The Minnesota State Fair has named its 2019 Commemorative Artist, and it’s someone we met at last year’s Fine Arts Exhibition. R.J. Kern is the first-ever fine-art photographer chosen to create the official State Fair art, which will be seen by kazillions of people. (Slight exaggeration, but hundreds of thousands.)
Kern has appeared in the Fine Arts show three times (2015, 2017 and 2018). His work explores ideas of home, ancestry and sense of place through the interaction of people, animals and cultural landscapes. His series of large-scale photographs, “The Unchosen Ones,” features animals and their young handlers from county fairs across Minnesota – losers, not winners, but radiant and dignified. He’s represented by Burnet Fine Art and Advisory and has been featured in National Geographic magazine. His first monograph, “The Sheep and the Goats,” won a big award in Germany. Kern also teaches taekwondo and is a fifth-degree black belt. In a statement, he hinted at what he might do for this year’s commemorative art:
I love seeing the spirit of competition alive and well today, as demonstrated through the hard work, pride and passion of the exhibitors at the Minnesota State Fair. Some of the earliest animal contests coincide with the first major exhibition of photography at the 1851 World’s Fair in London. Central to the Minnesota State Fair are livestock competitions. As the first commissioned photographer, I wish to pay homage to this legacy by documenting decisive moments in time and place focused on “the best of the best” in animal contests.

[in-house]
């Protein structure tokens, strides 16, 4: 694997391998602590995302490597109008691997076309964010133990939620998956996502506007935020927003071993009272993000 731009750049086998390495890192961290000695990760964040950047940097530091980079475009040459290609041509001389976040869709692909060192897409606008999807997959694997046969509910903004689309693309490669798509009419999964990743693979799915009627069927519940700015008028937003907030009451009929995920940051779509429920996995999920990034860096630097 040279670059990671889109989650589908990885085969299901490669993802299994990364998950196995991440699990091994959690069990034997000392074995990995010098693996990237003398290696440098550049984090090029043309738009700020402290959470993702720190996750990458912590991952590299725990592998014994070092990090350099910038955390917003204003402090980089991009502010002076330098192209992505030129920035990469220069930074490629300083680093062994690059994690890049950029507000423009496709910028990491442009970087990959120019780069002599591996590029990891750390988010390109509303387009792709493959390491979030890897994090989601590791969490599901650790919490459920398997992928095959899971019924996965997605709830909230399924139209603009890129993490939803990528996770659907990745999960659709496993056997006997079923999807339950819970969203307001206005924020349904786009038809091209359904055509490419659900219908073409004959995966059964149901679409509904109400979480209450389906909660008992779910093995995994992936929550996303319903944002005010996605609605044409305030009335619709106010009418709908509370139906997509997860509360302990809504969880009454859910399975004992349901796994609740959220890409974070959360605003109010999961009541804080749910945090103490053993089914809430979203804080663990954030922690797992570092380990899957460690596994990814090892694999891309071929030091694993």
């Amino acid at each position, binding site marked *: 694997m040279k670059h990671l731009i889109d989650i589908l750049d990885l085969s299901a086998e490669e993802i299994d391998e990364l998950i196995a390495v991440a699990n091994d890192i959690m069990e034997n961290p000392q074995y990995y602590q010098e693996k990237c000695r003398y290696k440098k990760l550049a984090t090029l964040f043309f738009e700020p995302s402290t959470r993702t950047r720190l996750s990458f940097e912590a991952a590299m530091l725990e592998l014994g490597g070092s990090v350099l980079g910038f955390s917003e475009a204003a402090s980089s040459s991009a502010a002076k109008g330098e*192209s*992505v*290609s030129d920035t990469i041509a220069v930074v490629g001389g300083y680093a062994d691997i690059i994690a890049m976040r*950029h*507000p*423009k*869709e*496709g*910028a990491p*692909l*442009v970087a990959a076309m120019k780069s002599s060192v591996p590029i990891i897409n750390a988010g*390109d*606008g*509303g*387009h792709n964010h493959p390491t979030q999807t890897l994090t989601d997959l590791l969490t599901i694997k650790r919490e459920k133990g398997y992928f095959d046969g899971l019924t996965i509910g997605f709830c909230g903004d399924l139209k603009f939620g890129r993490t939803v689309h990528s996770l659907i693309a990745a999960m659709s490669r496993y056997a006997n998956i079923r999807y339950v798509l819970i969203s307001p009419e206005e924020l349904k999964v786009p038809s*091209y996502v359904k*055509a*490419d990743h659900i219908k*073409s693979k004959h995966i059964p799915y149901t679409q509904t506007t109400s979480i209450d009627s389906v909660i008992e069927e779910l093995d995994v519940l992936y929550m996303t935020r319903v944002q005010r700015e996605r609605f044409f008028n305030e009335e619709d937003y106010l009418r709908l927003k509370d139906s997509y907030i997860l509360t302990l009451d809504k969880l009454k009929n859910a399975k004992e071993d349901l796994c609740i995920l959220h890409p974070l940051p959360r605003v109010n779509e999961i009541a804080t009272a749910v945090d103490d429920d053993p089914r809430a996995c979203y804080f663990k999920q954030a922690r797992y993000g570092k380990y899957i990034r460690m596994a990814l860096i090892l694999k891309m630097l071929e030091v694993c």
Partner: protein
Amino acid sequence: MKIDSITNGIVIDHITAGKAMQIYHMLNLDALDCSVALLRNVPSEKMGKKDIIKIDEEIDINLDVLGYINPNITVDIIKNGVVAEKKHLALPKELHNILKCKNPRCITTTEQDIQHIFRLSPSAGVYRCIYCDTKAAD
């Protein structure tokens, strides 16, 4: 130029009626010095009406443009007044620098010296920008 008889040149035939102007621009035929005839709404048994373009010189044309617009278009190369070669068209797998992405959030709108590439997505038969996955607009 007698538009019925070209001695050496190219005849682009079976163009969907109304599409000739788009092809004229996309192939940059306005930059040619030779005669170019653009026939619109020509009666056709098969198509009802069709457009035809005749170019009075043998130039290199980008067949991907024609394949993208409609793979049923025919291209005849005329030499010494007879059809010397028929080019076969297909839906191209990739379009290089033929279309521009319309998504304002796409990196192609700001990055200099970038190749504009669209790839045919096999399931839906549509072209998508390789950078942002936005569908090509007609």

Kern’s art, to be unveiled at the State Fairgrounds in June, will be available as the commemorative poster, a limited number of signed prints and other merch. Proceeds will support the Minnesota State Fair Foundation’s mission to preserve and improve State Fair buildings, fairgrounds and educational programs. The original art will be on display in the Fine Arts Center. Here’s a gallery of all the past artwork.
We spoke with Kern last August, if you want to take a look.
An extension, a remount and a return
The Jungle has added seven performances to its run of Lucy Kirkwood’s “The Children,” a powerful post-apocalyptic play with an even more powerful cast: Leila Robins, Linda Kelsey and Stephen Yoakam. It’s like watching three lions on stage, one roaring (Yoakam), one circling (Robins) and one who rules the pack (Kelsey). “The Children” now runs through Feb. 17. FMI and tickets ($35-50).
Meanwhile, the Jungle is remounting a hit from last season, Sara DeLappe’s “The Wolves,” at the Southern. Same all-women cast, same crew, different field. The two plays running simultaneously are a snapshot of today’s Jungle. On one stage, people in their 60s talking about science; on another, teenagers talking about sports. “The Wolves” opens Jan. 31 and also runs through Feb. 17. FMI and tickets ($32-37).
Plus, for three Fridays starting Feb. 1, the Jungle will host “Gender Goals,” a free panel series on gender disparity in sports and education. Panelists will include Fartun Osman, head coach of the Somali Women’s National Basketball Team; Veronica Nash, coach of Twin Cities Native Lacrosse; and women from Like a Girl, a Twin Cities nonprofit working to make girls’ soccer more diverse. Here’s the schedule.